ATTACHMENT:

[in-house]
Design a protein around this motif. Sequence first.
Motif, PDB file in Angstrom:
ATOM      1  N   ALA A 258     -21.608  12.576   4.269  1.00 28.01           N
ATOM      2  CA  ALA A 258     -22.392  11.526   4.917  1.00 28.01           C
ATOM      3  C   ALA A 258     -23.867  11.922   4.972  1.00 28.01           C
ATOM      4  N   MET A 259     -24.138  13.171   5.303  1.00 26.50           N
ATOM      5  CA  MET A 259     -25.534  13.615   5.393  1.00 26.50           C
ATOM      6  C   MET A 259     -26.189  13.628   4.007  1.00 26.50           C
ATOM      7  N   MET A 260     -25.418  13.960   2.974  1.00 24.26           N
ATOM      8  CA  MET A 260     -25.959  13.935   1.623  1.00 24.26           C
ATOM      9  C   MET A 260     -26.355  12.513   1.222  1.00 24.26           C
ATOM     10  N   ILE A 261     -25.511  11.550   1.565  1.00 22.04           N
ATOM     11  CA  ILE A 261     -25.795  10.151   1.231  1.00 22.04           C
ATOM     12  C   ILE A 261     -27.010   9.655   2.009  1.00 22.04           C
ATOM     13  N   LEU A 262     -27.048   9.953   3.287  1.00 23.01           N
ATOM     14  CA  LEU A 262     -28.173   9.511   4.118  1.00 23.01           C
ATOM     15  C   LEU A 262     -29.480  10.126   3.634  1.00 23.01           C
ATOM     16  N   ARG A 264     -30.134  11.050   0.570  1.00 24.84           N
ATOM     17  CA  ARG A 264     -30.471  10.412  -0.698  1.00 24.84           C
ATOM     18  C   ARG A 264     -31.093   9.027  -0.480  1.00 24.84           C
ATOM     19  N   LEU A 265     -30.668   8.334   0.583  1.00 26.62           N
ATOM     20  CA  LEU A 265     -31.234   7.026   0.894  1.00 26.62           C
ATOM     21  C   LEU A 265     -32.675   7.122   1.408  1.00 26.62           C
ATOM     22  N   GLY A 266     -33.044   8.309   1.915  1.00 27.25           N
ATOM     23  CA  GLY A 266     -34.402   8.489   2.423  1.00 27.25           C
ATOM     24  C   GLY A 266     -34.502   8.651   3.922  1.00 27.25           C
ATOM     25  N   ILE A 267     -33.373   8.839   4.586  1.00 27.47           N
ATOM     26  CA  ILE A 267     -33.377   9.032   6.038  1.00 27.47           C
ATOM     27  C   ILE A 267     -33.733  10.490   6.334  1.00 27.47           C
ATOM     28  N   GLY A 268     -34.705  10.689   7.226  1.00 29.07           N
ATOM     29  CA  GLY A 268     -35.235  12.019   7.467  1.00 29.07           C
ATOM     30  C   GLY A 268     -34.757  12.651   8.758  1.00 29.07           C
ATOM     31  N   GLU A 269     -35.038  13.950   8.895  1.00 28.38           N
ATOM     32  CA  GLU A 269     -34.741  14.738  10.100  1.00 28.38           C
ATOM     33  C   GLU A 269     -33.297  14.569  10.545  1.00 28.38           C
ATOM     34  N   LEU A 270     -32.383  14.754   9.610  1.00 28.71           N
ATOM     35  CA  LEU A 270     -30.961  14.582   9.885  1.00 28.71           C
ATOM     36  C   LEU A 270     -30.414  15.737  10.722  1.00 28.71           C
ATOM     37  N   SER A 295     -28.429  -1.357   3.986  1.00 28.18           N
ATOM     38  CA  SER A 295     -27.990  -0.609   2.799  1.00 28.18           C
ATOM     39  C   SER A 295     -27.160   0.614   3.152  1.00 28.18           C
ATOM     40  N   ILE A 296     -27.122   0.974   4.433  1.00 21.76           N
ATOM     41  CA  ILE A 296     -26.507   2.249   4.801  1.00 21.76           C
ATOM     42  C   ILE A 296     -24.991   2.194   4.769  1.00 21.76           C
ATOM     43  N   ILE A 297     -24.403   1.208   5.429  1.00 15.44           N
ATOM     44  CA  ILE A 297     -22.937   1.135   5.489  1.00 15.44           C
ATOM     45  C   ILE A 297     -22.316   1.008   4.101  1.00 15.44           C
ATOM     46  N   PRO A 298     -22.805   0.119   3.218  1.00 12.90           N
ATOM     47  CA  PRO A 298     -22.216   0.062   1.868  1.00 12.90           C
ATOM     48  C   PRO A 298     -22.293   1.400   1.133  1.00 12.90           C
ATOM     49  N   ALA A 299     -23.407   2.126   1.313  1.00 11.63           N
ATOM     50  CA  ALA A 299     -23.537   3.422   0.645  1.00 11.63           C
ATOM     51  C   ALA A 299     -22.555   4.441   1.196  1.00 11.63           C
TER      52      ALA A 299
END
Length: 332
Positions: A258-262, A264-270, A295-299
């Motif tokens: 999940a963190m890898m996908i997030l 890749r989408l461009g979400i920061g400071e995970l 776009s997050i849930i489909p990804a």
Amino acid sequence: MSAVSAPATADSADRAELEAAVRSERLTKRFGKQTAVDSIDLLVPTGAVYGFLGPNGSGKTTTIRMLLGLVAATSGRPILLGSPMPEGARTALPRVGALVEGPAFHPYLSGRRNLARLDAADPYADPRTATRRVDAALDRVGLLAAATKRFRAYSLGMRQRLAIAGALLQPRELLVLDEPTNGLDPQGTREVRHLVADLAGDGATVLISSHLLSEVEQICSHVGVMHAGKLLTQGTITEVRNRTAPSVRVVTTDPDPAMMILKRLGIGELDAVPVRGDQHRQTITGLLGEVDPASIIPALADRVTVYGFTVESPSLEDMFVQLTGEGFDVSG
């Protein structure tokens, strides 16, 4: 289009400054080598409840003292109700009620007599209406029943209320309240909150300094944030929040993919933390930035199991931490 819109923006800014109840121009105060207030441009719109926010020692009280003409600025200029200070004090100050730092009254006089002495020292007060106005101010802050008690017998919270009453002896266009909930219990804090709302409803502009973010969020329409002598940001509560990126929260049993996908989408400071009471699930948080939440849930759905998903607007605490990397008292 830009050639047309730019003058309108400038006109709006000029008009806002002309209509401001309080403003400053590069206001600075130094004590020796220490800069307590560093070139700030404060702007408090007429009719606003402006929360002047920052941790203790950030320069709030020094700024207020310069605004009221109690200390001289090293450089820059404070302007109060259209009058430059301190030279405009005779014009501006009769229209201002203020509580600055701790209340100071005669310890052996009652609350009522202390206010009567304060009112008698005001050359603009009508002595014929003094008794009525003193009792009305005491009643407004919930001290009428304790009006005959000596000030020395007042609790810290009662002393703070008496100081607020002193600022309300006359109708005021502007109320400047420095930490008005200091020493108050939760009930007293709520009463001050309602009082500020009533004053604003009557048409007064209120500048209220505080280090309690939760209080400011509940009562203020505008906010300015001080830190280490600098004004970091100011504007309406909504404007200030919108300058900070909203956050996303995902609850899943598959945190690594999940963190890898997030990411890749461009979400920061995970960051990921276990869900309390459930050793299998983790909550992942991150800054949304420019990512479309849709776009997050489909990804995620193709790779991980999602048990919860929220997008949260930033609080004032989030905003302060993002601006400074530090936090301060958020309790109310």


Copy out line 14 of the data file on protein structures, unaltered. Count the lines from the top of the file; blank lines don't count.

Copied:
ATOM     11  CA  ILE A 261     -25.795  10.151   1.231  1.00 22.04           C